In a telephone interview with VOA, a man identified as the spokesman of the pirate group based in the northern Puntland town of Eyl says the group wants the European Union to pressure France to release the six pirates immediately.
The spokesman, who calls himself Bileh, says if other European Union nations refuse to negotiate the release of his compatriots, his group will begin targeting all Europeans. He says every European hostage would be beheaded.
It is not clear whether the pirate group is in contact with European Union officials about the matter. The captured Somali pirates were transferred to Paris after French commandos mounted a raid last week to free a French couple kidnapped by pirates off the coast of Somalia on September 2.
The French military also seized another group of pirates during an operation in April. But Bileh, the pirate spokesman in Eyl, made no mention of them, suggesting that the pirates taken to Paris in April may have belonged to another group.
Last week, EU foreign ministers decided to set up a special unit to coordinate warship patrols off the coast of Somalia to protect ships from piracy.
In support of that mission, Spain deployed military aircraft to the Horn on Saturday to collect information on the movements of pirates. EU foreign ministers have not decided whether to create a special naval mission to pursue the pirates and capture them.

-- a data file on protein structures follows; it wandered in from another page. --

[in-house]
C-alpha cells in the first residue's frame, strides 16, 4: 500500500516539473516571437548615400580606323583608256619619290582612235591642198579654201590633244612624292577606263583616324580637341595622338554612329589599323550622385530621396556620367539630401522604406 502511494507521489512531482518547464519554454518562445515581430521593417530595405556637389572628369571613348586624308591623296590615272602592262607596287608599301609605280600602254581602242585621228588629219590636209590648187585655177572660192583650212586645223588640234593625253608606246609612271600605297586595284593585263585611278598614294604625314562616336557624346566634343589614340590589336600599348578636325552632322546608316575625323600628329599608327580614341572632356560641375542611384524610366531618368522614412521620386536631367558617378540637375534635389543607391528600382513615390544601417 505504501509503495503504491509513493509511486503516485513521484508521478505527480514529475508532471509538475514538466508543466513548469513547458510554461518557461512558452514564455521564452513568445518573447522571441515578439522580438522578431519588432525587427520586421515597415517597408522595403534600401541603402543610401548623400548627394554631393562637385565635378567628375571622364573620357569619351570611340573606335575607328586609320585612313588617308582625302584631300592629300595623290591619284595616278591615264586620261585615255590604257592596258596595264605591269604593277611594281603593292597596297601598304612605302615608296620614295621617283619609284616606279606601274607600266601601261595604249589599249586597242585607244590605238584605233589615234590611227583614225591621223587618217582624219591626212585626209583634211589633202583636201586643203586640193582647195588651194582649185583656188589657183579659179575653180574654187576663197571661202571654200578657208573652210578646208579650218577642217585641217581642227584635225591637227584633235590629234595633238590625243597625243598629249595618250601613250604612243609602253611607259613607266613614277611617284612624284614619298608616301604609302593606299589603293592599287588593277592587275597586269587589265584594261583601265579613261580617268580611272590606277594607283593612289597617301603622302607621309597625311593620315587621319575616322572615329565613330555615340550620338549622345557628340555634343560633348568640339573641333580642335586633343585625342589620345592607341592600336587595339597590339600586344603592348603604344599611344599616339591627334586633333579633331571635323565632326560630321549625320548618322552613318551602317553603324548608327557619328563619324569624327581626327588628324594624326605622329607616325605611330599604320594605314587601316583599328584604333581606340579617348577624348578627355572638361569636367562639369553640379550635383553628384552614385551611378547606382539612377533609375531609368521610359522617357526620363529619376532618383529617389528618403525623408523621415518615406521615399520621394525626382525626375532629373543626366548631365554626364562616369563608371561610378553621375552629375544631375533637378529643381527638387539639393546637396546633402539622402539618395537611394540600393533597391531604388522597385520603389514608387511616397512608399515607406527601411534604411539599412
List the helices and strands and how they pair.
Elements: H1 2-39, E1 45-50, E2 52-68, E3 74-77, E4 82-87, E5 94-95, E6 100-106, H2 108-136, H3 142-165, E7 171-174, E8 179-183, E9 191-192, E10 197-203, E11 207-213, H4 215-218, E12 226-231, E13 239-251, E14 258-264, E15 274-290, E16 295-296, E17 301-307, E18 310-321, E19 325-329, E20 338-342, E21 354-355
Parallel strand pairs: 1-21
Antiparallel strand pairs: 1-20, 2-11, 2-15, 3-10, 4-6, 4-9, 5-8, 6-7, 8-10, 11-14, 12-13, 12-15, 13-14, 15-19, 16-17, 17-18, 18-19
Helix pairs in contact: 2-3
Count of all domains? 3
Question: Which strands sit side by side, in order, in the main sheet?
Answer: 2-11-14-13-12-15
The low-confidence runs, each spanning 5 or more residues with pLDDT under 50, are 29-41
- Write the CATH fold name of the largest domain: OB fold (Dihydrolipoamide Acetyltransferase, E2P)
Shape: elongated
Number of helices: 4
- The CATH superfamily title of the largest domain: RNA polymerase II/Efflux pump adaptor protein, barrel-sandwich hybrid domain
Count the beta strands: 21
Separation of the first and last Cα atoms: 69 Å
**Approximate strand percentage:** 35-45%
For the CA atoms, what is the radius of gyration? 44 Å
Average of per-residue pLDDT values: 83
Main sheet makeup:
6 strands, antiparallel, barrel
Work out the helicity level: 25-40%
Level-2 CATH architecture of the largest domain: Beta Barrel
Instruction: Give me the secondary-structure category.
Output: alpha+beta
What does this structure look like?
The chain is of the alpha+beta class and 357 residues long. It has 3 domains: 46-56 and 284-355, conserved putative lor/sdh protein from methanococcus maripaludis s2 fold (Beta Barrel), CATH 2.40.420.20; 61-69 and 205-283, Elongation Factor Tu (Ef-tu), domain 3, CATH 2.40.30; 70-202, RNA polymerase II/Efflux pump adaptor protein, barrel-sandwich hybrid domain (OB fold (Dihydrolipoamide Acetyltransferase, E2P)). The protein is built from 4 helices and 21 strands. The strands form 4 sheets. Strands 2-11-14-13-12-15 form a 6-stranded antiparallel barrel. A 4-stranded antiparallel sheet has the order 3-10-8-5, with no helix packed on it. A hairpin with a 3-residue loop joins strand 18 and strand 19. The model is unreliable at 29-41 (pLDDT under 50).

This year, well-armed pirates, using powerful speedboats, have attacked more than 55 ships and private vessels sailing through the Gulf of Aden and along Somalia’s east coast. Piracy is threatening to disrupt global commerce and driving up costs because of soaring insurance premiums.
The group in Eyl, Puntland is believed to be the largest of the various pirate groups operating in Somalia. Pirates in Eyl and the factional leaders and businessmen who control them are said to have earned about $30 million this year in ransom payments. The group is currently holding about a dozen ships and their crew hostage.
Bileh insists the money ship owners are paying to free to their vessels and crew is not ransom, but fines and taxes being collected on behalf of the Somali people.
Bileh says the ships are being fined and taxed because they are trespassing on Somali territorial waters. He says in the absence of a functioning central government in Somalia, his group is working hard to collect enough money to form a navy strong enough to protect the Somali coast from foreign exploitation.
Eyewitness reports from Eyl suggest that pirates are using their share of the money to build palatial homes and to buy expensive cars. They are also believed to be purchasing increasingly sophisticated weapons and boats.
Somalia descended into factional chaos after the government of dictator Mohamed Siad Barre fell in 1991. The country is one of the poorest in the world, with more than 40 percent of its population in critical need of food aid.